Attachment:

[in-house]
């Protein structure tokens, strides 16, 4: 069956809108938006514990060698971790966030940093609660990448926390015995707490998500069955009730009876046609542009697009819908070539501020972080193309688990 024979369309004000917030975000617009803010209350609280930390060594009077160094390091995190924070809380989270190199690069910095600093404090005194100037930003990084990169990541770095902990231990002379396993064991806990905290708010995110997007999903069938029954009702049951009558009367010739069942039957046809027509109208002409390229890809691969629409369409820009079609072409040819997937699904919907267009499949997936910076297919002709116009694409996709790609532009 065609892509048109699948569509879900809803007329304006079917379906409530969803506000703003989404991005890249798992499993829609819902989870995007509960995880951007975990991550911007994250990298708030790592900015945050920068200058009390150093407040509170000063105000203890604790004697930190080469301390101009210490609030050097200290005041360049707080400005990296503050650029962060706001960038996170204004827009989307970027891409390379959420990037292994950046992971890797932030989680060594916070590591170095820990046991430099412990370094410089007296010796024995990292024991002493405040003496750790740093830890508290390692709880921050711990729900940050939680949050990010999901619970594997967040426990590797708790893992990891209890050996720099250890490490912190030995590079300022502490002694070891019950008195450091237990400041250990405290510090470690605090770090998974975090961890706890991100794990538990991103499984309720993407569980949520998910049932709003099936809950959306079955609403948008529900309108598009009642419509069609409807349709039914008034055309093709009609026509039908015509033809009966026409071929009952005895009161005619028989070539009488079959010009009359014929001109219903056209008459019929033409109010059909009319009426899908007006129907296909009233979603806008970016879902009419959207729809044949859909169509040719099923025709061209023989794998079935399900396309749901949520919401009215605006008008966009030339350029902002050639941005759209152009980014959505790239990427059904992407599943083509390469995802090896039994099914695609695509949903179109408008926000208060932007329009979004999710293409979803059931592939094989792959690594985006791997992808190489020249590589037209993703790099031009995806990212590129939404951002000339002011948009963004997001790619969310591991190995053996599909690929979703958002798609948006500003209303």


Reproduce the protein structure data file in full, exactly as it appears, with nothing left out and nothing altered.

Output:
[in-house]
């Protein structure tokens, strides 16, 4: 069956809108938006514990060698971790966030940093609660990448926390015995707490998500069955009730009876046609542009697009819908070539501020972080193309688990 024979369309004000917030975000617009803010209350609280930390060594009077160094390091995190924070809380989270190199690069910095600093404090005194100037930003990084990169990541770095902990231990002379396993064991806990905290708010995110997007999903069938029954009702049951009558009367010739069942039957046809027509109208002409390229890809691969629409369409820009079609072409040819997937699904919907267009499949997936910076297919002709116009694409996709790609532009 065609892509048109699948569509879900809803007329304006079917379906409530969803506000703003989404991005890249798992499993829609819902989870995007509960995880951007975990991550911007994250990298708030790592900015945050920068200058009390150093407040509170000063105000203890604790004697930190080469301390101009210490609030050097200290005041360049707080400005990296503050650029962060706001960038996170204004827009989307970027891409390379959420990037292994950046992971890797932030989680060594916070590591170095820990046991430099412990370094410089007296010796024995990292024991002493405040003496750790740093830890508290390692709880921050711990729900940050939680949050990010999901619970594997967040426990590797708790893992990891209890050996720099250890490490912190030995590079300022502490002694070891019950008195450091237990400041250990405290510090470690605090770090998974975090961890706890991100794990538990991103499984309720993407569980949520998910049932709003099936809950959306079955609403948008529900309108598009009642419509069609409807349709039914008034055309093709009609026509039908015509033809009966026409071929009952005895009161005619028989070539009488079959010009009359014929001109219903056209008459019929033409109010059909009319009426899908007006129907296909009233979603806008970016879902009419959207729809044949859909169509040719099923025709061209023989794998079935399900396309749901949520919401009215605006008008966009030339350029902002050639941005759209152009980014959505790239990427059904992407599943083509390469995802090896039994099914695609695509949903179109408008926000208060932007329009979004999710293409979803059931592939094989792959690594985006791997992808190489020249590589037209993703790099031009995806990212590129939404951002000339002011948009963004997001790619969310591991190995053996599909690929979703958002798609948006500003209303």